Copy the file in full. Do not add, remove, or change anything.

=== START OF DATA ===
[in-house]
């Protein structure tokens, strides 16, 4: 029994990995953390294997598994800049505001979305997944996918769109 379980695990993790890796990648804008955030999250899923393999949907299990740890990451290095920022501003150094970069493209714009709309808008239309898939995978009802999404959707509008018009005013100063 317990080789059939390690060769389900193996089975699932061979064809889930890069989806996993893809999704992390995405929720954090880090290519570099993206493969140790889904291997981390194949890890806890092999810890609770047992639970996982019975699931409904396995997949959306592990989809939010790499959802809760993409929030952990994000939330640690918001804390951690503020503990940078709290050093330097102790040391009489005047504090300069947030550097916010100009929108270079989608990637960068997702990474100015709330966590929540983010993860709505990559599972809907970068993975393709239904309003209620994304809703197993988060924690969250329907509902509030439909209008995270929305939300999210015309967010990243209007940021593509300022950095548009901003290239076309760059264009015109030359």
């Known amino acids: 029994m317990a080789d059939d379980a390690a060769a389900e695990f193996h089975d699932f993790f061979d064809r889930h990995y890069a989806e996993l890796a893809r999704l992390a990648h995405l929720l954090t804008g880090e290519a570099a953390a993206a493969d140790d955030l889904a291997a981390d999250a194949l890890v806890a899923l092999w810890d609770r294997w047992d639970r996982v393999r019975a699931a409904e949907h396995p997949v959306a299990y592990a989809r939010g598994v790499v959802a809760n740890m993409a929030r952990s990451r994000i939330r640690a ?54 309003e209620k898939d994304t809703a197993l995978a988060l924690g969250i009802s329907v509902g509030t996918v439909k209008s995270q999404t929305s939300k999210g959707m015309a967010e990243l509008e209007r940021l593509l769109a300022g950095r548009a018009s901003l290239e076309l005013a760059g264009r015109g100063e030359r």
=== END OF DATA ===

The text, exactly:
[in-house]
């Protein structure tokens, strides 16, 4: 029994990995953390294997598994800049505001979305997944996918769109 379980695990993790890796990648804008955030999250899923393999949907299990740890990451290095920022501003150094970069493209714009709309808008239309898939995978009802999404959707509008018009005013100063 317990080789059939390690060769389900193996089975699932061979064809889930890069989806996993893809999704992390995405929720954090880090290519570099993206493969140790889904291997981390194949890890806890092999810890609770047992639970996982019975699931409904396995997949959306592990989809939010790499959802809760993409929030952990994000939330640690918001804390951690503020503990940078709290050093330097102790040391009489005047504090300069947030550097916010100009929108270079989608990637960068997702990474100015709330966590929540983010993860709505990559599972809907970068993975393709239904309003209620994304809703197993988060924690969250329907509902509030439909209008995270929305939300999210015309967010990243209007940021593509300022950095548009901003290239076309760059264009015109030359």
């Known amino acids: 029994m317990a080789d059939d379980a390690a060769a389900e695990f193996h089975d699932f993790f061979d064809r889930h990995y890069a989806e996993l890796a893809r999704l992390a990648h995405l929720l954090t804008g880090e290519a570099a953390a993206a493969d140790d955030l889904a291997a981390d999250a194949l890890v806890a899923l092999w810890d609770r294997w047992d639970r996982v393999r019975a699931a409904e949907h396995p997949v959306a299990y592990a989809r939010g598994v790499v959802a809760n740890m993409a929030r952990s990451r994000i939330r640690a ?54 309003e209620k898939d994304t809703a197993l995978a988060l924690g969250i009802s329907v509902g509030t996918v439909k209008s995270q999404t929305s939300k999210g959707m015309a967010e990243l509008e209007r940021l593509l769109a300022g950095r548009a018009s901003l290239e076309l005013a760059g264009r015109g100063e030359r």